1998:
TV series debut as regular on the CBS drama "Buddy Faro"; took the job in order to help finance his feature directing debut ("I was counting on the idea that we'd be cancelled after 12 episodes, and ideally, it was." ¿ <i>Time Out New York</i>, Oct. 14-21, 1999)
1998:
Provided a brilliant cameo as Skee-ball Weasel in the nostalgiac "Went to Coney Island on a Mission From God ... Be Back by Five"
1999:
Feature directorial and screenwriting debut, "Joe the King"; premiered at the Sundance Film Festival; Kilmer portrayed Joe's bad-tempered, alcoholic father, and Hawke played guidance counselor Len Coles; John Leguizamo also acted and served as an executive producer; Camryn Manheim appeared briefly as an abusive teacher straight out of Dickens; film dedicated to his parents
2002:
Returned the favor by appearing in Hawke's directorial debut "Chelsea Walls"
2002:
Reteamed with Hawke as co-star of "The Jimmy Show"; also wrote and directed; screened at Sundance
2007:
Co-starred with Sam Shepard in "Ruffian," an ESPN-produced TV movie based on the legendary racehorse
2003:
Cast as Christopher Wey on "The Dead Zone" (USA Network)
2006:
Cast as paramedic Chuck Sereika in Oliver Stone's "World Trade Center"
2007:
Co-starred as the central villain in the horror feature "Vacancy"
2008:
Acted in the comedy feature "Drillbit Taylor," starring Owen Wilson
2010:
Featured in the crime thriller "As Good as Dead"
2011:
Acted opposite Abigail Breslin in "Janie Jones"
VIEW ALL MILESTONES

Education

Actors Studio: New York , New York -
State University of New York, Albany: Albany , New York - 1985

Notes

Whaley was one of the co-founders (with Ethan Hawke, Robert Sean Leonard, and others) of the now-defunct Malaparte Theater Company. He also co-founded the Naked Angels theater group.

On rumors that Val Kilmer had everyone on "The Doors" set call him by his character's name: "Actually, we all stayed in character during the shooting of the movie--except when we had to piss. I didn't have to address Val as 'Jim Morrison', but I did refer to him as 'c--------r' a couple times. Seriously, Val's so amazing in the movie, I've been thinking about changing my name to Frank Whaley-Kilmer." --Frank Whaley quoted in Movieline, c. 1991

"Sherwood Anderson said that no one knows the chair of loneliness more than a child. That's what I remember most about my childhood--being alone all the time, being sad and lonely." --Whaley to Time Out New York, October 14-21, 1999

"I worked with a wide range of directors, and the ones that are the least successful--not from a box-office standpoint, but from my point-of-view--are the ones who knew the least about acting. What they don't acknowledge is that acting's the most important thing on the screen. Whenever I walk away from a movie I love, I remember the performances. With my film, people come up and say 'I loved your film--that kid [Noah Fleiss] is amazing.' And I think that's the key.

"There are very simple ways of handling actors, where you'll get the maximum amount of results. And a lot of directors don't know those little tricks, those ways of doing it--keeping an even keel on the set, keeping them relaxed and comfortable. And allowing them to trust you, the director. In 'Joe the King', the subject matter was emotionally draining. But the actors always knew that I knew where they were going, where they should be going. I think that helped them." --Whaley quoted in Newsday, October 13, 1999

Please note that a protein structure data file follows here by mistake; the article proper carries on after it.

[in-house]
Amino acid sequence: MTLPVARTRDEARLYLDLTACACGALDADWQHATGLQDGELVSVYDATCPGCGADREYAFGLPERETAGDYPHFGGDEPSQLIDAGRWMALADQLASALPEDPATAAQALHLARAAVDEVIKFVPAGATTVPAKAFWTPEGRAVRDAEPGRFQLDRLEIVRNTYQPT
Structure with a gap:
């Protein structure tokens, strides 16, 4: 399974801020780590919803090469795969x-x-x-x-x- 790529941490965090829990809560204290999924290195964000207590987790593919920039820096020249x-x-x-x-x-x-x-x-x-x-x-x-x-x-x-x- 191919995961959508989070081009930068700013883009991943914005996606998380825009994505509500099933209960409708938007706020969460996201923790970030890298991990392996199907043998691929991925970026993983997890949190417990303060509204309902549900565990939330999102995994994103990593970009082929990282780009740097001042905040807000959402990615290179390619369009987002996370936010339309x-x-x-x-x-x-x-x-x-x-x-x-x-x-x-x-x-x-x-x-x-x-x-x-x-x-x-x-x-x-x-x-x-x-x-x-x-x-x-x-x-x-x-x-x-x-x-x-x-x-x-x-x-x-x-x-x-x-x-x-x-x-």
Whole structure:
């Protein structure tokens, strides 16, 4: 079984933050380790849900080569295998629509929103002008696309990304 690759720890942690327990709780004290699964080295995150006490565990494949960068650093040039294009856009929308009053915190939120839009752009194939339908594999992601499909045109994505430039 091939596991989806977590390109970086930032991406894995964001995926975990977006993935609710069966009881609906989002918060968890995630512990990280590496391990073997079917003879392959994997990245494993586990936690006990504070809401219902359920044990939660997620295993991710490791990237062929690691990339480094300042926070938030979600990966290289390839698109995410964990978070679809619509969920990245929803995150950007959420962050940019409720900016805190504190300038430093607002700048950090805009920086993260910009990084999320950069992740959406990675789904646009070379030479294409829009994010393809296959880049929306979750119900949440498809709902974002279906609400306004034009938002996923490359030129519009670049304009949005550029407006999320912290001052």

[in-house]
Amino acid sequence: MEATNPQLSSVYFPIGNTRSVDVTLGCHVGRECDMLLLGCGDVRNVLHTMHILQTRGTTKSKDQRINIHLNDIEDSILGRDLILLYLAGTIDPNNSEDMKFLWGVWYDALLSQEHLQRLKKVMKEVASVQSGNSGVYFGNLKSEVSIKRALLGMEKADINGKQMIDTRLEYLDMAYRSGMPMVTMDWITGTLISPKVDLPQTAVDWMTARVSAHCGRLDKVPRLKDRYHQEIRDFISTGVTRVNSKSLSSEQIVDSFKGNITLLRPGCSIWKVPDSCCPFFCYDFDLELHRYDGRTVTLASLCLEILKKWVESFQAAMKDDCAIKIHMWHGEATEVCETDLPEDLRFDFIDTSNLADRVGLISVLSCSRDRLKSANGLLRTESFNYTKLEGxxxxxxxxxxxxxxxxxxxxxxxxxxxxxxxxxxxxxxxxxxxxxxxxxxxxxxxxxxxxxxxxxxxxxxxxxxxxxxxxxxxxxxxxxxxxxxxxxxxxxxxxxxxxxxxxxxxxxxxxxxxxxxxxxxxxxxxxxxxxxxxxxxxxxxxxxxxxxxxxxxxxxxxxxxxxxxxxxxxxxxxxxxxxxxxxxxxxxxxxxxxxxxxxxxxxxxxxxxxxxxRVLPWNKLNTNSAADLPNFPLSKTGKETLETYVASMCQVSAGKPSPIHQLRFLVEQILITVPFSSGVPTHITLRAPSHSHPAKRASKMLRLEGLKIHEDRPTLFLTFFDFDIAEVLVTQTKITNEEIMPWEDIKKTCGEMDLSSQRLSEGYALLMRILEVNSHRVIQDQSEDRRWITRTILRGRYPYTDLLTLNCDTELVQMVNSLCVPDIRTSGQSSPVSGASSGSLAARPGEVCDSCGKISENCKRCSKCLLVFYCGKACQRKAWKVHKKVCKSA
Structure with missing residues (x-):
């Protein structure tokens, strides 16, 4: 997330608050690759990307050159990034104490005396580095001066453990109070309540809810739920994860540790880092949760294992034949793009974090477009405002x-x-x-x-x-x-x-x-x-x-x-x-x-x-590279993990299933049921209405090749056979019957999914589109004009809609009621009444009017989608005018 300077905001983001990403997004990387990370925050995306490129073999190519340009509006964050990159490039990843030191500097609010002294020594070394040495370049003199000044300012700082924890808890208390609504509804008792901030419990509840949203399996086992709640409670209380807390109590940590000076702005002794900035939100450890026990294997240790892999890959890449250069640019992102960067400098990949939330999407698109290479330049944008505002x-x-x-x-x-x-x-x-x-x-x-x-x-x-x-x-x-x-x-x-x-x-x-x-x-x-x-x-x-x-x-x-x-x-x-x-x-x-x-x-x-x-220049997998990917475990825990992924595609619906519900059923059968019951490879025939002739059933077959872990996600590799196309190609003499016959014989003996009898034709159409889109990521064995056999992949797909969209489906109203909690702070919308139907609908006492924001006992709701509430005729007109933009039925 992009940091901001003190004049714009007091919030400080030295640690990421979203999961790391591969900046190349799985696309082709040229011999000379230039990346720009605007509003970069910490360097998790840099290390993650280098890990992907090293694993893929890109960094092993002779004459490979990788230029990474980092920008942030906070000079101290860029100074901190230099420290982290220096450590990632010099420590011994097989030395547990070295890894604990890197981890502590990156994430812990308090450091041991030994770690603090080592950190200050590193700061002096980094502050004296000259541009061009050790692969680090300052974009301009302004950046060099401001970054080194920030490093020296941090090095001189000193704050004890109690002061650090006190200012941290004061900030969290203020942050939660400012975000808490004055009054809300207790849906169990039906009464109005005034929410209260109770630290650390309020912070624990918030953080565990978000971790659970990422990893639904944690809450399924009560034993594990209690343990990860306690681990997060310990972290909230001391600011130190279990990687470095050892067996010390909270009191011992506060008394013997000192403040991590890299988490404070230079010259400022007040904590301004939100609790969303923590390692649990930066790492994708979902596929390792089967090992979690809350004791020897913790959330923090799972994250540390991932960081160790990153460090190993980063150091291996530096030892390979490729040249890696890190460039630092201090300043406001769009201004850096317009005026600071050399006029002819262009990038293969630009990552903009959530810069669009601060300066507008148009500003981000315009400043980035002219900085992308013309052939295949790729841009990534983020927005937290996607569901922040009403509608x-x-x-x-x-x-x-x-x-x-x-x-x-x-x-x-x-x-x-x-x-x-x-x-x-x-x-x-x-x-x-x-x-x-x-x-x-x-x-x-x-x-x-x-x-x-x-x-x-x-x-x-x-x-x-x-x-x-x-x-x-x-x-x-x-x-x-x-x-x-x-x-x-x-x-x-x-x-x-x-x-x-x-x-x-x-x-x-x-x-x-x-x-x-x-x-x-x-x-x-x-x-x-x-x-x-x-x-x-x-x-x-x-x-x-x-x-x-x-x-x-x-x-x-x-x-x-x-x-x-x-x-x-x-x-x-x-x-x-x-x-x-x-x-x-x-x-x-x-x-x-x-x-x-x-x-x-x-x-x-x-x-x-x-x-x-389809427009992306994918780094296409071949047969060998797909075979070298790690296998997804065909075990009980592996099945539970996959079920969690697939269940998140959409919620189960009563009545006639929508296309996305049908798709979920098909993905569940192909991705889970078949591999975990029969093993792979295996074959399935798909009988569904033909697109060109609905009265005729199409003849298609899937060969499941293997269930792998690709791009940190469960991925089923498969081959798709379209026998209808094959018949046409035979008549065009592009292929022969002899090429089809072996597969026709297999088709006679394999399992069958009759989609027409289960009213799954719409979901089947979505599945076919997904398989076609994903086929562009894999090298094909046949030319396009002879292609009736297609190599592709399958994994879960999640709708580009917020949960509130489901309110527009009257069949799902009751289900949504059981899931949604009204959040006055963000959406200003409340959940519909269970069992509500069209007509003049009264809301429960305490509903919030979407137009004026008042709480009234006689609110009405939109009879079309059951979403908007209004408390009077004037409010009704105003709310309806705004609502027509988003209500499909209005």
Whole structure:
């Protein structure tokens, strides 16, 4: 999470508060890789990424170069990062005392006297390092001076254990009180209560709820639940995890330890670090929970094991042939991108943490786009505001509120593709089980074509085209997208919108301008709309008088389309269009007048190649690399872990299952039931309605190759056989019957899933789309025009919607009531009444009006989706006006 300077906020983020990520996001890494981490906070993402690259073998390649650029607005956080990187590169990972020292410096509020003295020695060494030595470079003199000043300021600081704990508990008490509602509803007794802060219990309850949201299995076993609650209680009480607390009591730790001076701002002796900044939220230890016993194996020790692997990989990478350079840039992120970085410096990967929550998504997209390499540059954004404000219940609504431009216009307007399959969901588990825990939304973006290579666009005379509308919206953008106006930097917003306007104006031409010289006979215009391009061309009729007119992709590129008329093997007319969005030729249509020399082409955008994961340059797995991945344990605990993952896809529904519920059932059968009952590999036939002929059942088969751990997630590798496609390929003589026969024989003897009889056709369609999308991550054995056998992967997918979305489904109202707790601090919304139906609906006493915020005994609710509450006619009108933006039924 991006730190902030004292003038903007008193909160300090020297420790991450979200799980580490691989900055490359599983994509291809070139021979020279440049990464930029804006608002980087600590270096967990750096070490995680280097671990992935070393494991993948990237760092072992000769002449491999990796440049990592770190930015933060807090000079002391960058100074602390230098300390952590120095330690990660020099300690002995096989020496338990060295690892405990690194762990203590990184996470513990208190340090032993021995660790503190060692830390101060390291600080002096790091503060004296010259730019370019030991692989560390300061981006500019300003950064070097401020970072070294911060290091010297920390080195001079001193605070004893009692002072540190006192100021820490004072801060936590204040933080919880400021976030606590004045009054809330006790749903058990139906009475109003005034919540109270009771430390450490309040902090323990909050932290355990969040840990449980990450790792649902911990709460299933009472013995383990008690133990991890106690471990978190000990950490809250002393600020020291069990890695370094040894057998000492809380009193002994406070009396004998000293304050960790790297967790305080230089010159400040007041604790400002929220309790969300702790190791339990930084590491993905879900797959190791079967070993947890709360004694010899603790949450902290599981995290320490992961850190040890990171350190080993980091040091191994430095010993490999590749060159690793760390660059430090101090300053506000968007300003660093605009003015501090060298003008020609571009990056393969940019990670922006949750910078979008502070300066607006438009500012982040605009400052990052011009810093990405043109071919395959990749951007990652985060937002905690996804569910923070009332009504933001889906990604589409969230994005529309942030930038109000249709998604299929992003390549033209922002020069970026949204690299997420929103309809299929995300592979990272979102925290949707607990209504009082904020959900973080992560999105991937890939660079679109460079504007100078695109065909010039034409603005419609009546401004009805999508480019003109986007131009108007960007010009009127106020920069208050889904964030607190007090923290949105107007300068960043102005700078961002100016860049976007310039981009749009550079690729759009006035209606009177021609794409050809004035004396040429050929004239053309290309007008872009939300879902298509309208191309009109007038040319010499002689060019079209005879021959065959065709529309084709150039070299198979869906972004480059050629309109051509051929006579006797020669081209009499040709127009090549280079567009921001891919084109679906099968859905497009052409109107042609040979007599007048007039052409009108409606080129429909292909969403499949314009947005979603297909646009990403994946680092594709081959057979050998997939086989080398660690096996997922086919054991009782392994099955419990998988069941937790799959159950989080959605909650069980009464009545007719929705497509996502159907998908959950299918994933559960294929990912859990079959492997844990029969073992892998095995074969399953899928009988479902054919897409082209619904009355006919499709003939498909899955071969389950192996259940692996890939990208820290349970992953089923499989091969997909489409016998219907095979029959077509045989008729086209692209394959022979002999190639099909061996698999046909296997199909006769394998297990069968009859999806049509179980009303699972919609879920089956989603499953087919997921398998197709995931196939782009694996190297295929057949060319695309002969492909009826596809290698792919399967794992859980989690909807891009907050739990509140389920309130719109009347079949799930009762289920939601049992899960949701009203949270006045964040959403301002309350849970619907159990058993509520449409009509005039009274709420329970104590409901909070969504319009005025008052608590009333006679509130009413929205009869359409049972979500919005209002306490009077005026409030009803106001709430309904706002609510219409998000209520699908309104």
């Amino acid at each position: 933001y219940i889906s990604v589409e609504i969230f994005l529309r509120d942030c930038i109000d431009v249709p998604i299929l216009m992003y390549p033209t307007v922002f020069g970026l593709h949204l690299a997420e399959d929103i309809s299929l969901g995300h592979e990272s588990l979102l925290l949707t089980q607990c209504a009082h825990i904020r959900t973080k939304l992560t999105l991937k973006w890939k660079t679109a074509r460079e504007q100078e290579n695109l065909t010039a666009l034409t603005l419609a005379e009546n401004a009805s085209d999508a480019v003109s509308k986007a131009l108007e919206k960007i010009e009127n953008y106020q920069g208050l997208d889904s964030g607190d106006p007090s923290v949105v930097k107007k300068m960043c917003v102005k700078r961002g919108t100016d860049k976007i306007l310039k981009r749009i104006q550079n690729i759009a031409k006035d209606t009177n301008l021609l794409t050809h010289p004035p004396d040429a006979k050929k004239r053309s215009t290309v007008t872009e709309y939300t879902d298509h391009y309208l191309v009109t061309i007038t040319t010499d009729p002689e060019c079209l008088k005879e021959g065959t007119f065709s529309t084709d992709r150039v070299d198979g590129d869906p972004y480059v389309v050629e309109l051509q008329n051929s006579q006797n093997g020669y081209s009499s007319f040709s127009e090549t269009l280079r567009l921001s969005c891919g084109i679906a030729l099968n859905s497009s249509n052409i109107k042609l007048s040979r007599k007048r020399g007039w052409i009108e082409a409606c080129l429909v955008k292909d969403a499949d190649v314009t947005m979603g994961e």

"I really hate film acting. I despise it. I did a couple of movies that were challenging, but for the most part you get up, you go to work and you sit around all day. You smoke and you drink coffee and for four seconds you go in front of the camera and you second-guess yourself all day." --Whaley to Dallas Morning News, October 17, 1999

About trying to get "Joe the King" made: "I was very naive and I thought I could send it to Oliver Stone, Jersey Films, James L Brooks--people that I had relationships with. But they were like, you need to send it to a smaller company. Even Shooting Gallery and Good Machine--it's so hard, it's so hard out there. Even for a guy like me, you'd think would have it easy with a lot of experience in show business. But it was just really, really difficult every step of the way." --Whaley quoted in Indiewire (www.indiewire.com), February 21, 1999

"I wrote about what I knew. I had quite a criminal record before I turned 18. I stole because I needed things, because I grew up very poor. My movie is the Disney version, really, of the brutal environment I grew up in. And yet I consider the movie a love poem to my mother." --Whaley to Jami Bernard in Daily News, October 14, 1999

On casting friend Ethan Hawke in "Joe the King": "Ethan came in 15 pounds overweight and smelling like a cheese sandwich that had been left in a trunk in August. His wife [Uma Thurman] was nine months pregnant, and honestly, I didn't know who was pregnant between the two of them.

"I said, y'know, buddy, you're fat! It's gone right to your butt! You could show 'The Godfather' on that butt! He said, do these pants make me look fat? No, Ethan, it's your BUTT! I hadn't slept much either, but I didn't have a BUTT THE SIZE OF PEEKSKILL!" --Whaley in Daily News, October 14, 1999

Family close complete family listing

father:
Robert W Whaley. Died of alcohol-related illness c. 1989.
mother:
Josephine Timilione. Whaley says she married his father because "she wanted a little danger . . . the pain and pleasure kind of mangled her".
brother:
Robert Whaley. Musician, actor. Older; co-founded band The Niagras with Whaley; had a role in "Joe the King" (1999); also wrote, performed, produced and engineered music for it.

Please support TCMDB by adding to this information.

Click here to contribute